We decided that, first and foremost, it should be a time of prayer. Anything important in life that we aspire to requires prayer. Religious liberty is no exception: if we’re going to defend it, if we want to foster it, preserve it, we have to pray for these things. Just as when you want an increase of vocations to the priesthood and religious life: you have to get down on your knees and pray.

We decided that it would be a wonderful thing if we did a couple of national events — two Masses, in particular — if we would have parishes pray. It could be as easy as inserting a petition on Sunday in the general intercessions, or [hosting] special prayer services, asking families to pray, and giving everyone little prayer cards that they can pray while they’re on the train on their way to work, or if they’re taking a coffee break. Prayer is number one. Jesus says “without me you can do nothing.”

Secondly: education. It can be disheartening to talk to people and to find out how little they know about our heritage as Americans. While we bishops are not history teachers, we are citizens, and we believe it’s a good thing to know about our foundation, our founding documents, the intent of our founders, and to know about the nobility of the American experiment. It’s not exactly identical philosophically with what the Church teaches about religious liberty, but there are broad areas of compatibility.

And that brings us to the third thing, which is catechesis. That is really helping people understand the Church’s social doctrine in the context of everything the Church believes and teaches. It doesn’t stand alone: it’s part of a whole. In singling out from that, Dignitatis Humanae, the decree on religious liberty from the Second Vatican Council, reading it anew, recognizing that, in some sense, it was an American contribution to the council, and it expresses very well the noblest aspects of our American and democratic experiment.

Once people understand what religious liberty is, understand how fragile it is, begin to pray for it; then they are going to look at the specific threats, and they’re going to say to themselves: “we can’t let this happen.” As believers, as citizens, as patriots, we cannot let our country become something it was never meant to be.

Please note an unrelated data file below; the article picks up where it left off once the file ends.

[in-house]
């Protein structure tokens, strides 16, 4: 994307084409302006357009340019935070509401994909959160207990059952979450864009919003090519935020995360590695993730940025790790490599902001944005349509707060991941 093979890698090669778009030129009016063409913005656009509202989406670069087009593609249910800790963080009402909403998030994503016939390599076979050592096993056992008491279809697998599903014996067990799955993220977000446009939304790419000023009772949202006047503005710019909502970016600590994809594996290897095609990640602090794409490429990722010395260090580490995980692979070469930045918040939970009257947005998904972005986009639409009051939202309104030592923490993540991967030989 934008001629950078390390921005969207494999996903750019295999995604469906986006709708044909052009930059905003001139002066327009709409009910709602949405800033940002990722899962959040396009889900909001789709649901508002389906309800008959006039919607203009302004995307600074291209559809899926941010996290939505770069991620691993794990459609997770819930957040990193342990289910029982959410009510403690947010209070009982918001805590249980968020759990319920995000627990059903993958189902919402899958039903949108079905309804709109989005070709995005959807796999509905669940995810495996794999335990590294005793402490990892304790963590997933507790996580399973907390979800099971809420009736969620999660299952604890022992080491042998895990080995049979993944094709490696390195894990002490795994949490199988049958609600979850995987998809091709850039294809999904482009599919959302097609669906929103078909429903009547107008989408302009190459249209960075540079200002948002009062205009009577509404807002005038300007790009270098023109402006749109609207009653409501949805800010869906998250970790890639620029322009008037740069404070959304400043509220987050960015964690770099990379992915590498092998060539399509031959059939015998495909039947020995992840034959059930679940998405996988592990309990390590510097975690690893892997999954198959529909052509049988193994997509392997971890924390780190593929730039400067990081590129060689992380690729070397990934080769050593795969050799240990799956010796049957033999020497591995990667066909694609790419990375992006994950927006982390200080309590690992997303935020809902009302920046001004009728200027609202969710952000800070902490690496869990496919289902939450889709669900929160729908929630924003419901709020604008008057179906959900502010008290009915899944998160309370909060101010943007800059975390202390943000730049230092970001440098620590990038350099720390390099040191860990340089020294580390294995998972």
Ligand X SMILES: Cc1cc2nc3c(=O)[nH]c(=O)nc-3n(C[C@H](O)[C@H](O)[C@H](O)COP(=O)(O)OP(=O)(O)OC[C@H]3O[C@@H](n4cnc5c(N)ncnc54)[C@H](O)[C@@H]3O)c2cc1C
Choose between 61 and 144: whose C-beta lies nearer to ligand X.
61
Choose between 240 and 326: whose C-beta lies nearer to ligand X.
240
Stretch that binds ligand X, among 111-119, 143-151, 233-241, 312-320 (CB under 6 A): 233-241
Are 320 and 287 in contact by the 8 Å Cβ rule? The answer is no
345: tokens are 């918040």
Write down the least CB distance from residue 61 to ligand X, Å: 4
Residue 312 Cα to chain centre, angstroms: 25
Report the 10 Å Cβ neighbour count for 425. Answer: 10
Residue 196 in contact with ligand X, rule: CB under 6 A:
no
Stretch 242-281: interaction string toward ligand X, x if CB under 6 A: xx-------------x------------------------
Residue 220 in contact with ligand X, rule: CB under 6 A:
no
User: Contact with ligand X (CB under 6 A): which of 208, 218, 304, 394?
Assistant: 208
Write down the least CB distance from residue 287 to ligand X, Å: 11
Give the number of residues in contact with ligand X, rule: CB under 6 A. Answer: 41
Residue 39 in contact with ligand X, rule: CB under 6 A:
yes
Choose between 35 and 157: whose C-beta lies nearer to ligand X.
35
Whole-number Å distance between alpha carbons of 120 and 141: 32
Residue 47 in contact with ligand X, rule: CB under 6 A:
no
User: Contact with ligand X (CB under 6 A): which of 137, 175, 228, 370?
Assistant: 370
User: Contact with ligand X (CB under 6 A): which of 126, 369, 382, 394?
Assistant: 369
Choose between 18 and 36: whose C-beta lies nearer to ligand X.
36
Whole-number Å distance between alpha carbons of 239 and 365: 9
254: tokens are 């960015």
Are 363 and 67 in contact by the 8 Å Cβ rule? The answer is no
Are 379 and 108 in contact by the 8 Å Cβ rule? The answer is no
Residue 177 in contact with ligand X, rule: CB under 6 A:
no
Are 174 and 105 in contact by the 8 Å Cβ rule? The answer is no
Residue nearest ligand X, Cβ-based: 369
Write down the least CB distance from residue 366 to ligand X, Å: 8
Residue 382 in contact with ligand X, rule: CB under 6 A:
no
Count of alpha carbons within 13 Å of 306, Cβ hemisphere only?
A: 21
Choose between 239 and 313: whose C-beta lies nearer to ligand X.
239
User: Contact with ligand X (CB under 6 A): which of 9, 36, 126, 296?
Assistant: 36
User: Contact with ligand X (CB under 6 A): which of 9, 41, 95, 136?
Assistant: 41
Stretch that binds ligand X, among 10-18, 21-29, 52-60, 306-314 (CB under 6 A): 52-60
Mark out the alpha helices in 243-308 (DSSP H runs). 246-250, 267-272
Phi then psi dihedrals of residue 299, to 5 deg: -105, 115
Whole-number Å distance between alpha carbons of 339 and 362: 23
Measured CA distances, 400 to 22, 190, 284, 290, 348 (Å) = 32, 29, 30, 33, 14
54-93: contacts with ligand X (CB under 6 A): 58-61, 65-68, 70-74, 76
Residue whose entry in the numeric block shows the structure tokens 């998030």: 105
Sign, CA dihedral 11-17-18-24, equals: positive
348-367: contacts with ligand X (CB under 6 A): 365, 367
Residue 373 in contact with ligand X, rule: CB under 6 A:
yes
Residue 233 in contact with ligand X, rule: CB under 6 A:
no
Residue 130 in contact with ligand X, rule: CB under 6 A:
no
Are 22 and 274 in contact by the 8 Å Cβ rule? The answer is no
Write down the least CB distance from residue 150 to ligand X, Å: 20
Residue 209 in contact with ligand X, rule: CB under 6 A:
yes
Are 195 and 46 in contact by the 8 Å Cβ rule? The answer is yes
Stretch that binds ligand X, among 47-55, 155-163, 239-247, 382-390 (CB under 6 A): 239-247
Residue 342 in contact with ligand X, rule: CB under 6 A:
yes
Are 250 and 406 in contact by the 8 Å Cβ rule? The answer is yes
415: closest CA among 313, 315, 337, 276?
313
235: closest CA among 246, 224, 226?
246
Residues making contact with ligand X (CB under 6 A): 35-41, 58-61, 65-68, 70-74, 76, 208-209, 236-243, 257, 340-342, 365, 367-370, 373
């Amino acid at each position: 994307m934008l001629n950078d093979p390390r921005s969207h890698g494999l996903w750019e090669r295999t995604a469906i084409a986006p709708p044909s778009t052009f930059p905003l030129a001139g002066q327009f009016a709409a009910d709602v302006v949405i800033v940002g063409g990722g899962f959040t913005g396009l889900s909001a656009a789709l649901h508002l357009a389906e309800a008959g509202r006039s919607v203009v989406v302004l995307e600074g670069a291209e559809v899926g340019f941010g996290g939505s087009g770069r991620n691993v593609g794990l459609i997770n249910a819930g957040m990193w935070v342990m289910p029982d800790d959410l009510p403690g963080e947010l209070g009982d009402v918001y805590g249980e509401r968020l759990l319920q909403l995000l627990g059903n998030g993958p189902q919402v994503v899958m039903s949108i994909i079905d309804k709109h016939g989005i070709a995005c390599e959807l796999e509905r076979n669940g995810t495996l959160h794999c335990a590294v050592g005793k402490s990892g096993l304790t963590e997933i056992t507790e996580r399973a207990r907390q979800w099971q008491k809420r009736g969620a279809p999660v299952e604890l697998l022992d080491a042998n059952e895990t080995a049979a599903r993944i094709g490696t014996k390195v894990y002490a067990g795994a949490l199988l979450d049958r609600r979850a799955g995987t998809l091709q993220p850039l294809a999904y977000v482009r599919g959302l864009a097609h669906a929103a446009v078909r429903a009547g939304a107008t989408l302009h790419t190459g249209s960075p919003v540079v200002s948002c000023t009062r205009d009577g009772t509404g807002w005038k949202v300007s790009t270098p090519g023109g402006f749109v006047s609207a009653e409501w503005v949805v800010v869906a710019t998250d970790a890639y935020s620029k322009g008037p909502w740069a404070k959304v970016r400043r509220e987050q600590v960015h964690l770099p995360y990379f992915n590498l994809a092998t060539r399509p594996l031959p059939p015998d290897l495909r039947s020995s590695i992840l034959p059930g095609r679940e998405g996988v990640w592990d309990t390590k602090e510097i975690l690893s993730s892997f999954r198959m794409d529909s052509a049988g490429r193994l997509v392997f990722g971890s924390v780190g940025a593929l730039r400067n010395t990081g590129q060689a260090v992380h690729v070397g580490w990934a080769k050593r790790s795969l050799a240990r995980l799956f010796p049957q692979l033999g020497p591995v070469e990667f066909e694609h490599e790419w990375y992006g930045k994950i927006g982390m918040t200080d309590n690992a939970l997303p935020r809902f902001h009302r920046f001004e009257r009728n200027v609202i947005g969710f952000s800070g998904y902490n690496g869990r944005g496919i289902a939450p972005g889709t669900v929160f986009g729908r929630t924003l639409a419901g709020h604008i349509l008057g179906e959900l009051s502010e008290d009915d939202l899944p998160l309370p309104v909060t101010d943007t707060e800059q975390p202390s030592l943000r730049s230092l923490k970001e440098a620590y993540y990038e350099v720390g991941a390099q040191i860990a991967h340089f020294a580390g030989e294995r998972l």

We’re not trying to throw the election, but we are trying to get the attention of our elected officials, and the candidates, and to say, as a religious community — Catholics, evangelicals, Protestants, Jews and Muslims — trying to say: “We’re watching. This is important for us. You have a responsibility toward us. You have a responsibility to defend the God-given nature of religious freedom and all that the founding documents say about the commitment of our country to protect that.”
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Part 2

Newly Appointed Baltimore Prelate Speaks Religion, Both Nationally and Internationally

By Ann Schneible

ROME, 3 JULY 2012 (ZENIT)
Through education, catechesis and prayer, says Baltimore Archbishop William Lori, the ever-growing threat against religious liberty can be confronted.

Chairman of the United States bishops' ad hoc committee for religious liberty, Archbishop Lori was invited to inaugurate the Religious Liberty Observatory in Rome last week with a press conference; the Observatory is an initiative established with the objective of confronting violations against religious freedom throughout the world. For his part, Archbishop Lori has been active in the defense of freedom of religion in the United States, an issue that garnered particular attention in recent months as a Health and Human Services (HHS) mandate threatens to require employers to provide contraceptive pharmaceuticals and sterilization procedures without giving allowances for conscience or religious belief.
In fact, currently the United States Conference of Bishops is hosting the Fortnight for Freedom: an initiative which seeks to lead Catholics across the country to a greater awareness of the nature of religious liberty, and how it is to be defended.

Archbishop Lori's primary reason for being in Rome, however, was to receive the pallium conferred upon newly appointed archbishops by Benedict XVI. Succeeding Cardinal Edwin O’Brien, Archbishop Lori was officially installed as archbishop of Baltimore this past May.

The archbishop sat down with ZENIT and discussed religious freedom both in the United States and abroad.

Part 1 of this interview was published Monday.

ZENIT: You are in Rome to receive the pallium, having been recently installed as the new archbishop of Baltimore. What sort of initiatives will you be taking as archbishop of Baltimore to defend religious freedom?

Archbishop Lori: We were privileged to open the Fortnight for Freedom in Baltimore, in the nation's first cathedral [The Basilica of the National Shrine of the Assumption of the Blessed Virgin Mary], cornerstone laid by John Carroll in 1806, the cousin of John Carroll of Carrolton who signed the Declaration of Independence. Designed by Benjamin Latrobe, it's just beautiful. It really reflects the American experience at its roots, and at the same time embodies our Catholic tradition. That Mass [for the opening of the Fortnight] energized the archdiocese greatly. I think there were 60 or 70 priests who concelebrated that night. There were people from all over the archdiocese, and there is a very full roster of regional events that are going on throughout the archdiocese during the Fortnight. And thank goodness for it. Much of it was under way before I ever showed up, so I’m just the beneficiary of it.